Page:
MILWAUKEE — A Milwaukee man arrested on a charge of trying to buy machine guns to carry out an attack on a Masonic temple to “defend Islam” had first wanted to travel to the Middle East and kill Israelis but abandoned that plan as unworkable, federal agents said in court documents.
Federal prosecutors charged 23-year-old Samy Mohamed Hamzeh on Tuesday with unlawfully possessing a machine gun and receiving and possessing firearms not registered to him.
The FBI recorded conversations between Hamzeh and two federal informants talking about an attack on a Masonic temple in Milwaukee, according to an affidavit setting out the evidence against Hamzeh.
“We are Muslims, defending Muslim religion,” Hamzeh said, according to the criminal complaint. “We are here defending Islam, young people together join to defend Islam, that’s it, that is what our intention is.”
Wisconsin’s top federal defender, Daniel Stiller, told The Associated Press in an email that Hamzeh’s defense is likely to focus on the accuracy of undercover recordings made in Arabic and translated to English. He also said the defense would also examine “what was the FBI informant contributing to the dialog (sic).”
Later, Stiller said he had appointed associate federal defender Craig Albee to the case. Defense attorneys in similar cases elsewhere in the U.S. have argued their clients were steered into plots they might not have pursued on their own.
Hamzeh and the two informants traveled to a gun range on Jan. 19 and practiced with a pistol, the affidavit said. Afterward, they took a tour of a Masonic temple that federal authorities declined to identify.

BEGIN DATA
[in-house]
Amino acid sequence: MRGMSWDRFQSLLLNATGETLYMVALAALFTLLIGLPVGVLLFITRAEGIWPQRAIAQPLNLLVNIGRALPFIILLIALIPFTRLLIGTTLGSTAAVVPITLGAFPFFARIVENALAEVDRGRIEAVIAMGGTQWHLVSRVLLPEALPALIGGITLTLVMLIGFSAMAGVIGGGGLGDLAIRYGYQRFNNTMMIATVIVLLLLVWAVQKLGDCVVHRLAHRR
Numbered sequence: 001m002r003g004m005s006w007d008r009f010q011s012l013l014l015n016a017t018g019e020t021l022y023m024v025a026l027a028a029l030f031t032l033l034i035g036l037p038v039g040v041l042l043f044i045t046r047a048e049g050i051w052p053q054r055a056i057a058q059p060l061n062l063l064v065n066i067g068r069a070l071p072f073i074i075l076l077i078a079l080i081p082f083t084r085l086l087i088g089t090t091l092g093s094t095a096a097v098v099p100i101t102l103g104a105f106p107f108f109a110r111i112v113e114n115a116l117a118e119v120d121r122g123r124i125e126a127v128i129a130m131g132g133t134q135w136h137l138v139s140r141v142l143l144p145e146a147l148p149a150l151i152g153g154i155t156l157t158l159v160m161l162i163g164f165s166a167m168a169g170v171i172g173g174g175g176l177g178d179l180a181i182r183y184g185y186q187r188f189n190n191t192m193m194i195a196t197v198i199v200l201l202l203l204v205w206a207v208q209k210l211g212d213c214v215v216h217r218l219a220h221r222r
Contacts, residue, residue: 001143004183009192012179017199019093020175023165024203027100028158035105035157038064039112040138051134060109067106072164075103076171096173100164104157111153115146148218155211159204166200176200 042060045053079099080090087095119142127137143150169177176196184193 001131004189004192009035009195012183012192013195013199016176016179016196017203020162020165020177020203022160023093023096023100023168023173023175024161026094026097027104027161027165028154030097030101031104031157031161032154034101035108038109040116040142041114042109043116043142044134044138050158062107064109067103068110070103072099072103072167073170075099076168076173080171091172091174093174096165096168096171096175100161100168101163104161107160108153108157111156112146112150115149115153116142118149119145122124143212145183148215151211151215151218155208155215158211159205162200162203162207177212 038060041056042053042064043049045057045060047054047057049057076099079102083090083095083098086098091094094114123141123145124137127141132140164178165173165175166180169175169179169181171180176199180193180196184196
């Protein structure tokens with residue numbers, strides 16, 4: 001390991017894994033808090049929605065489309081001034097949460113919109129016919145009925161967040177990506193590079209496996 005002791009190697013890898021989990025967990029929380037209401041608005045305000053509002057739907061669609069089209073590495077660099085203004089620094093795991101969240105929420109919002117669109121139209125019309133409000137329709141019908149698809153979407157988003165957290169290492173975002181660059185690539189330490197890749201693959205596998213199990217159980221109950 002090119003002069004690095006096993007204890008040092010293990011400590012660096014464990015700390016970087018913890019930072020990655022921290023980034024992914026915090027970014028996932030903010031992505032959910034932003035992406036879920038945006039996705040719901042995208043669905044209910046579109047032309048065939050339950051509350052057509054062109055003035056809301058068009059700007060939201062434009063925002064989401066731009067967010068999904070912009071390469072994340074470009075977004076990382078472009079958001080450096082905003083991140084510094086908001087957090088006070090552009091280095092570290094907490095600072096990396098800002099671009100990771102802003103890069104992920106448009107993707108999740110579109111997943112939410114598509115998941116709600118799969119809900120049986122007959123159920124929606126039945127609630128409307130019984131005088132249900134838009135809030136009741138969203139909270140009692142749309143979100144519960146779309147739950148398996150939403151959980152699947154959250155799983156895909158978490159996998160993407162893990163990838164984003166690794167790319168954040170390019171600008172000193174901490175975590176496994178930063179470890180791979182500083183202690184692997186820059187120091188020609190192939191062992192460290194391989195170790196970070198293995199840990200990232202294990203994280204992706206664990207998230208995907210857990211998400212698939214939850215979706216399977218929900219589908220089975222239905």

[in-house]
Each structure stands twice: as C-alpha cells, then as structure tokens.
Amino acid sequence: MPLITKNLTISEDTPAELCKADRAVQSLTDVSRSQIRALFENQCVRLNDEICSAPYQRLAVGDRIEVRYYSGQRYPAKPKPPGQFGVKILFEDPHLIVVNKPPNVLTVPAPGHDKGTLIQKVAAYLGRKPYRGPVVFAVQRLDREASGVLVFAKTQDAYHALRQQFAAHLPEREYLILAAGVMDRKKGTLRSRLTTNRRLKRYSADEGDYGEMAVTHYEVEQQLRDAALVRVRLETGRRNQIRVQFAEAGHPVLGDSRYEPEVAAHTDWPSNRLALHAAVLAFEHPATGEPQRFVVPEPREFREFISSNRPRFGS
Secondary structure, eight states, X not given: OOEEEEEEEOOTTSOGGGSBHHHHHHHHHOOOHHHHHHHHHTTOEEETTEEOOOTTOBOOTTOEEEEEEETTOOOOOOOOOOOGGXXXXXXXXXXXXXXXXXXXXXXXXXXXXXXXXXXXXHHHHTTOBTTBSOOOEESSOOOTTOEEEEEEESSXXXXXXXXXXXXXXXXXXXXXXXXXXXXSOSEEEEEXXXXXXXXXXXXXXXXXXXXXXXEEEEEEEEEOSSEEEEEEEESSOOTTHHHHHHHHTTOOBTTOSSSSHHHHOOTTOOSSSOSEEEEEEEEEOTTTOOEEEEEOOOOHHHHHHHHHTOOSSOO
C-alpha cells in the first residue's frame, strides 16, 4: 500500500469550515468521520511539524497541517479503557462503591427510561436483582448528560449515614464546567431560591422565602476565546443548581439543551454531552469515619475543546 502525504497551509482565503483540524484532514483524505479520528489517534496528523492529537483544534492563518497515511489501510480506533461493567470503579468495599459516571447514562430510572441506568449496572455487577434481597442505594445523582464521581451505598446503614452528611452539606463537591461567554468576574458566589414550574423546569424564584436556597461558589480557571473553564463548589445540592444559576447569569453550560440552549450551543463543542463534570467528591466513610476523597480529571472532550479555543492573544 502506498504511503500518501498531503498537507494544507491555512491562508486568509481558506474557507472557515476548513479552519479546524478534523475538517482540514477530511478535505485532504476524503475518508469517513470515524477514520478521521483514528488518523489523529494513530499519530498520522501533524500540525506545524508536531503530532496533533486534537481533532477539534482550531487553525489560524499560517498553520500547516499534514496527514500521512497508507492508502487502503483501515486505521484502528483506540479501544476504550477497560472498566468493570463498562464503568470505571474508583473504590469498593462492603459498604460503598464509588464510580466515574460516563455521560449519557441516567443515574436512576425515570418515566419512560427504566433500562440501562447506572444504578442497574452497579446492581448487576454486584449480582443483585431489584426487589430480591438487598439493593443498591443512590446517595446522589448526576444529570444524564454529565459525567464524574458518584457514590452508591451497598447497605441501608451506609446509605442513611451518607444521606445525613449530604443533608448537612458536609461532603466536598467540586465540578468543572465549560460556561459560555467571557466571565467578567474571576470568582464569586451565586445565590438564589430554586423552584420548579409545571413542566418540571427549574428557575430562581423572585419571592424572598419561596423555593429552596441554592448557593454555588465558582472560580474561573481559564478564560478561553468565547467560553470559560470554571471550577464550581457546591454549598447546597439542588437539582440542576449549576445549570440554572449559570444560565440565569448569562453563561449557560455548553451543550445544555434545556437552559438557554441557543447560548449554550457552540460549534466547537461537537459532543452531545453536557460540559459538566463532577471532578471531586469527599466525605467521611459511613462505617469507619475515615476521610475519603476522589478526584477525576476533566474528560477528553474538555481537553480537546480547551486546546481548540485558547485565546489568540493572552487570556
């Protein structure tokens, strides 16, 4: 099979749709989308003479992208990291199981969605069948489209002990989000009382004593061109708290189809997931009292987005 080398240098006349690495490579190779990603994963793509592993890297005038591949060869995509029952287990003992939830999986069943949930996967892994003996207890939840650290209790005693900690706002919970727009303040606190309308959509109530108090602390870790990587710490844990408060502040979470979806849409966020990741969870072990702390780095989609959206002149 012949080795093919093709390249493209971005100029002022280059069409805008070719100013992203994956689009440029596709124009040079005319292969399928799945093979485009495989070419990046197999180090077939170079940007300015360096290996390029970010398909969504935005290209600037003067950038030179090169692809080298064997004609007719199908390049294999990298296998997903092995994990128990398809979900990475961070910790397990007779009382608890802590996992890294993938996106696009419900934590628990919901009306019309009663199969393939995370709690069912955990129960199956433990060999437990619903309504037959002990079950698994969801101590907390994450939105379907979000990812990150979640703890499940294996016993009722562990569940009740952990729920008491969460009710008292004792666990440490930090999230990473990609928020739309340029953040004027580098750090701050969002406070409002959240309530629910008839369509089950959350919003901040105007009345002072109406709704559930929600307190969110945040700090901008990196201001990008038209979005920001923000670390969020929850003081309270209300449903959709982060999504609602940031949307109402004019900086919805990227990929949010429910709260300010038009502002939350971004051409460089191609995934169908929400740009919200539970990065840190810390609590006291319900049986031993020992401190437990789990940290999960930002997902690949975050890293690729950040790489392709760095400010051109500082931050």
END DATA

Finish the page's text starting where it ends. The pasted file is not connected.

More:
Masons are members of a fraternal organization that carries out a variety of activities, including charity work. Wisconsin has nearly 11,000 Masons in 180 lodges, according to Frank Struble, grand master of Free and Accepted Masons in Wisconsin. The organization is not a religion.
According to the affidavit, agents were tipped off in September that Hamzeh planned to travel to Israel in October to attack Israeli soldiers and citizens in the West Bank. He abandoned those plans due to “family, financial and logistic reasons,” the affidavit said, instead focusing his efforts on a domestic attack.
Federal agents said that on Jan. 19 and into the early morning of Jan. 20, Hamzeh discussed his plans to attack the temple with the informants, telling them they needed two more machine guns — the group apparently already had one — and silencers. They planned to station one person at the temple’s entrance while the other two went through the building, killing everyone they saw. They then planned to walk away from the scene as if nothing had happened, the affidavit said.
“I am telling you, if this hit is executed, it will be known all over the world … all the Mujahedeen will be talking and they will be proud of us,” Hamzeh said, according to the affidavit. He added that he hoped to kill 30 people, “because these 30 will terrify the world.”
According to the affidavit, Hamzeh met with two undercover FBI agents Monday. They presented him with two automatic machine guns and a silencer. He paid for the weapons and silencer in cash and put them in the trunk of his car, the affidavit said. The agents then arrested him and recovered the guns and silencer.
Hamzeh had been fired recently from his job as a trainer at a downtown Milwaukee gym, said Delia Luna, the owner of the9Round Kickbox Fitness. She said he was “very intense, very militant” as a trainer.
“He didn’t mix well,” Luna said.
A former co-worker of Hamzeh’s at a Milwaukee gas station said he was surprised by the charges. Rami Safi told the Milwaukee Journal Sentinel that Hamzeh was “a funny guy who liked to just chill out.”
Sami said he hadn’t seen Hamzeh in several months but had lived with him in Miami for a few months before Hamzeh returned to Milwaukee.
“I never heard him talk anything about religion or trying to get into any terror organization,” he told the newspaper.